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Top 5 Strangest Deep Sea Creatures

Updated on April 9, 2016

Since humankind invented the means to delve into the fascinating world under the ocean, sea creatures have become a great obsession to muse over. However, the deeper into the black abyss of the sea you go the stranger these creatures become. Here's my list for the top 5 strangest deep sea creatures. Prepare for a pleasant shock.

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Number 5: Chimaera

The Chimaera is also known as 'Ratfish' or 'Ghost Sharks'. They are found in temperate oceans throughout the world, mostly in deep water. The largest can reach up to a length of 2 meters. They have large heads, long, thin, rat like tails, and large, fan-like pectoral fins. In many species there is a poison spine in front of the first dorsal fin. Some mash-up of features if you ask me. Seems like a pelican, an eel and a sea turtle had a threesome. That’s a bit of a mind bender. No wonder they’re called Chimeras.

But we cannot judge a book by its cover. These fish actually have an interesting and useful ability. This strange cartilaginous fish uses its long snout to scan over the sea floor for the electrical impulses of its prey that bury in the muddy sea floor, just like a metal detector. Seems to be a method to the madness of nature after all.

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Number 4: Frilled Shark

Humans rarely encounter frilled sharks, probably because they prefer to remain in the oceans' depths, up to 5,000 feet (1,500 meters) below the surface. Considered living fossils, frilled sharks bear many physical characteristics of ancestors who swam the seas in the time of the dinosaurs. A 5.3-foot (1.6-meter) specimen was found in shallow water in Japan in 2007 but died hours after being transferred to a marine park. That action reminds me of a mother telling a curious child: “Johnny, no, don’t touch that, leave it where you found it.”

The frilled shark’s mouth gives the maw of a great white a run for its money. It’s lined with 25 rows of backward-facing, trident-shaped teeth—300 in all. Talk about a mouth full of teeth

The sharks use the bright white teeth, which sharply contrast against its brown body, to lure in prey: By the time [the prey] realize, "Oh, that’s the teeth of a shark", they’re too close and the shark is able to ambush them at that point. These fish then qualify as the underwater counterpart of a light and their prey being moths. “No Harry no! Don’t look at the light!” “I can’t help it, it’s so beautiful.” Rest in peace Harry

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Number 3: Barrel-eye Fish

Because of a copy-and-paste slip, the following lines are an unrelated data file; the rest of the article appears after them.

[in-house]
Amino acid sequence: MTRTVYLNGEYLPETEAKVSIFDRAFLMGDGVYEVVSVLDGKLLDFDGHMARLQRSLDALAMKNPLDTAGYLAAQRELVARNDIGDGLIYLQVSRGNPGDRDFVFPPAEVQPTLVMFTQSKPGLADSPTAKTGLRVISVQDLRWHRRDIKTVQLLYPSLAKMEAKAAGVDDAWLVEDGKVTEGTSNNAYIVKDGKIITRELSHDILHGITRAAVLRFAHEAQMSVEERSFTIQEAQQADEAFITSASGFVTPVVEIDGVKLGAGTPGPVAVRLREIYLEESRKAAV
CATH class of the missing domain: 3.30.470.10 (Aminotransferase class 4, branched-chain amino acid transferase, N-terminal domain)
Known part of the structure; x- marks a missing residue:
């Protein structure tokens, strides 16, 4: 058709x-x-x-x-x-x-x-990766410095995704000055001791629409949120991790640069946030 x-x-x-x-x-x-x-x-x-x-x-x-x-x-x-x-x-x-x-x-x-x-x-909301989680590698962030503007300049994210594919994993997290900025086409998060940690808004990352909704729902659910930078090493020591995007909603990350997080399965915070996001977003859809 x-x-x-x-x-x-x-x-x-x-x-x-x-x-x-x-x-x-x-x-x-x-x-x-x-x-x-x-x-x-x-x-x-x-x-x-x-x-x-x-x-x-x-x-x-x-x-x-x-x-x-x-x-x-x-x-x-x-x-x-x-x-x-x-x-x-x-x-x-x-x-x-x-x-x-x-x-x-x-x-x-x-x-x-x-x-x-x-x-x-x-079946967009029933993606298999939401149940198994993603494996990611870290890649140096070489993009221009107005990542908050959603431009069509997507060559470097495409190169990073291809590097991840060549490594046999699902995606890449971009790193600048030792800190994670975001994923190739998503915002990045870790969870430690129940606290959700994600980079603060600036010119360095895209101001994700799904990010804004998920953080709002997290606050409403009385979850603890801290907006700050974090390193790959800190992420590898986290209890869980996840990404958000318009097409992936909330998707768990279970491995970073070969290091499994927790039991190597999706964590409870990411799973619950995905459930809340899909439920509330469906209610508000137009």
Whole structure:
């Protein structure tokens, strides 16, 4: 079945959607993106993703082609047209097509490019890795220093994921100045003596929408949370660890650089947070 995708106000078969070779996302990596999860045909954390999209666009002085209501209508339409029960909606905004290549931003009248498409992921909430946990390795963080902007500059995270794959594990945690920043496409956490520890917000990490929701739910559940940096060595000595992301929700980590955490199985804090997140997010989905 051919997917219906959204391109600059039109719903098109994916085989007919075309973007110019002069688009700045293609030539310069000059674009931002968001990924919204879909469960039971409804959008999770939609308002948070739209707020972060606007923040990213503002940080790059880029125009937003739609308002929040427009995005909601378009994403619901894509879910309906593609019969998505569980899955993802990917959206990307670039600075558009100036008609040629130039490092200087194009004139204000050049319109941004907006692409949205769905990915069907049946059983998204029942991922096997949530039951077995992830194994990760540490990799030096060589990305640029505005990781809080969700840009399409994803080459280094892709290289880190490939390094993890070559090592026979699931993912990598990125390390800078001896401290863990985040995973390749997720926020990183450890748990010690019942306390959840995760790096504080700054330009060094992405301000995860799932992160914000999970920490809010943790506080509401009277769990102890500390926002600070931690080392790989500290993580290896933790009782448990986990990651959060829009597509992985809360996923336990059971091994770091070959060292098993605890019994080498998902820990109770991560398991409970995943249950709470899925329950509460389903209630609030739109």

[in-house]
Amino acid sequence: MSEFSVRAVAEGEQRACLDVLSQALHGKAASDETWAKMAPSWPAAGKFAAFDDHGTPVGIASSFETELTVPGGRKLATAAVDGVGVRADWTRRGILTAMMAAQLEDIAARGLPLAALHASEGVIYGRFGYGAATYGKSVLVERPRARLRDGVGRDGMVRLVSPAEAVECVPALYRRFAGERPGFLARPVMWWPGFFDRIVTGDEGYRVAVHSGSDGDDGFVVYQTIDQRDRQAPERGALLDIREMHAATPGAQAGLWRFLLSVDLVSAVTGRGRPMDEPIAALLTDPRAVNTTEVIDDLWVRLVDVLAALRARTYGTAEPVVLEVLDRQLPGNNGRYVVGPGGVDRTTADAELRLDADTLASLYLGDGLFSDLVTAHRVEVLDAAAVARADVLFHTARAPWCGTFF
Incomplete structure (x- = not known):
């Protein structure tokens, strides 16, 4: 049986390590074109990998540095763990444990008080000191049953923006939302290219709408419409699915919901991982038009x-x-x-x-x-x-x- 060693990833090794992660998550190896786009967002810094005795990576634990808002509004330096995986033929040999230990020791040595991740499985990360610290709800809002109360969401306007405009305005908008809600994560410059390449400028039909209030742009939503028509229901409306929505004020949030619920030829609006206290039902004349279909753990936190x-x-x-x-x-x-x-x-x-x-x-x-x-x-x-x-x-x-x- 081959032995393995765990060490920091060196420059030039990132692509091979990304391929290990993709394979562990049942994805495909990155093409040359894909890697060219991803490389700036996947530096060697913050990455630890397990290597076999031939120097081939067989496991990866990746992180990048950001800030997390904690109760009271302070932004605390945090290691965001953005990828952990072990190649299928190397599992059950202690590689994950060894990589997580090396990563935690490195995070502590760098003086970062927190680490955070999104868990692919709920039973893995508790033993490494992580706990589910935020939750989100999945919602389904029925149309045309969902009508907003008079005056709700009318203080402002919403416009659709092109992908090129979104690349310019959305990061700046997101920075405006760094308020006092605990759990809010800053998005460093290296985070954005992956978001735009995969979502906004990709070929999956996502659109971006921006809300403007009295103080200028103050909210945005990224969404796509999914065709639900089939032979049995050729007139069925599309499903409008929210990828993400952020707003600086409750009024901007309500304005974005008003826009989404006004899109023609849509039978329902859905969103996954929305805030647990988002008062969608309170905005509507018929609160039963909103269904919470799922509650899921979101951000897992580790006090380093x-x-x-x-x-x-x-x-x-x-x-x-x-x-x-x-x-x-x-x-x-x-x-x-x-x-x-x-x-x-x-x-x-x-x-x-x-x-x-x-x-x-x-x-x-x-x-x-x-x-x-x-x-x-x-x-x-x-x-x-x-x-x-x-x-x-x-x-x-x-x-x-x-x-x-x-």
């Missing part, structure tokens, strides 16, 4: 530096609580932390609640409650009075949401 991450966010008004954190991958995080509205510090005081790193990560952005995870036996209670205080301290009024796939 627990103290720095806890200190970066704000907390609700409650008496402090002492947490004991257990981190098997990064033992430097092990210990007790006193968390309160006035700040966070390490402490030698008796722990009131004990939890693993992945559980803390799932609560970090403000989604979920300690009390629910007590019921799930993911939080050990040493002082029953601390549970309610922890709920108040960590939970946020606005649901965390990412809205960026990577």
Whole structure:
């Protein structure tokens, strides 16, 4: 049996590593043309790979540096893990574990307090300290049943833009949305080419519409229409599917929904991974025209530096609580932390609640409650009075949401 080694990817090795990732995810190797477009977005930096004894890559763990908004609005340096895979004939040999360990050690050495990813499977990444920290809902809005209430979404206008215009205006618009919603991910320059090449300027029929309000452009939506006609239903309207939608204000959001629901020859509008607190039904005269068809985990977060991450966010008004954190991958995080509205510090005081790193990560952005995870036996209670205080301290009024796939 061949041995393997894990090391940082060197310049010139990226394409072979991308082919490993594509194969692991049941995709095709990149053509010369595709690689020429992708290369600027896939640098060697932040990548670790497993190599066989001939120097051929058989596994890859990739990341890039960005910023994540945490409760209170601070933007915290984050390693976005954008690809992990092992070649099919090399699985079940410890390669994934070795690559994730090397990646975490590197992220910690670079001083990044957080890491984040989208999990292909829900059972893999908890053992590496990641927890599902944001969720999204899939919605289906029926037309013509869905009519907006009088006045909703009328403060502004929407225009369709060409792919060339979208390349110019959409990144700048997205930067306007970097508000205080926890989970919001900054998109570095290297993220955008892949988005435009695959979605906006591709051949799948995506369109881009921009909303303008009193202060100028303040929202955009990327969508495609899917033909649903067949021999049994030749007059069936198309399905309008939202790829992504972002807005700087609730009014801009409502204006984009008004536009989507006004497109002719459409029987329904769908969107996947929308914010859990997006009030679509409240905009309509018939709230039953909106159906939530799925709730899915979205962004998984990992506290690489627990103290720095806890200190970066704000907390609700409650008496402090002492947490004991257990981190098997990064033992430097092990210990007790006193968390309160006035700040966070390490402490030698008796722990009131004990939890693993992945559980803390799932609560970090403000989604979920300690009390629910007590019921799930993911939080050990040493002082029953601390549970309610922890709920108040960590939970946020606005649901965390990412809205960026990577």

The Barrel eye are also known as 'Spook Fish'. They are found in tropical-to-temperate waters of the Atlantic, Pacific, and Indian Oceans. These fish have large, telescoping eyes, which protrude from the head, but are enclosed within a large transparent dome of soft tissue. Sorry invisible man, you’ve been replaced. We can see the brains of these fish! That definitely trumps you.

Their eyes are directed upwards to detect the silhouettes of available prey. They can do this while staying completely motionless. Less effort, yet still successful. They just chill around and when something comes around their minds go: “I see you. Surprise here I am! Now I’m gonna eat you.”
Sounds like a dinnertime game of hide and go eat.

Nature really is strange. I mean a transparent head? Why? How insanely creepy that thing is.

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Number 2: Fangtooth

These fish are also called 'Ogre Fish'. Their name was mostly influenced for their disproportionately large, fang-like teeth and unapproachable visage. These creatures however are actually quite small and harmless to humans: the larger of the two species, the common Fangtooth, reaches a maximum length of just 16 centimeters (6 inches); the shorthorn Fangtooth is about half this size.

Although they may not be large and harmful , with a face like that they sure make a statement. One of these babies skulls nailed on the front door of your house should scare the heck out of Jehovah Witnesses so they leave you in peace.

According to BBC’s “Blue Planet”, the Fangtooth has the largest teeth of any fish in the ocean, proportionate to body size, and are so large, they can never close their mouths.

They make Saber tooth tigers look like small fry.

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Number 1: Goblin Sharks

As with most creatures on this list the goblin sharks name is pretty self-explanatory.

They feel comfortable living in the very deep parts of the water close to the floor of the ocean. They don’t like to be exposed to the sunlight so they are sometimes referred to as vampire sharks. The numbers of them aren’t even able to be estimated due to the lack of sightings of them.

They have one of the most unique shapes about them of all sharks. In fact, some individuals who have seen them in the water report disabled and disfigured sharks. Not hard to see why. It’s assumed this is some type of species that has been born with genetic concerns or that has been mangled by another creature living in the water.

You poor unfortunate things. Genes were really not kind to you. Come on nature play nice already!

These sharks have a very unique way of attacking their prey. When they approach it their jaw goes out similar to how a human can stick out its tongue. Then with a sucking motion they draw they prey into their mouth where very powerful teeth are waiting to consume it. Think of a vacuum cleaner with a shredding machine waiting at the other side.

That pink is due to the skin being so transparent you can actually see the blood vessels inside. It seems like this is a fashion fad in the deep sea. Well who needs pigments when it’s already pitch dark down there?

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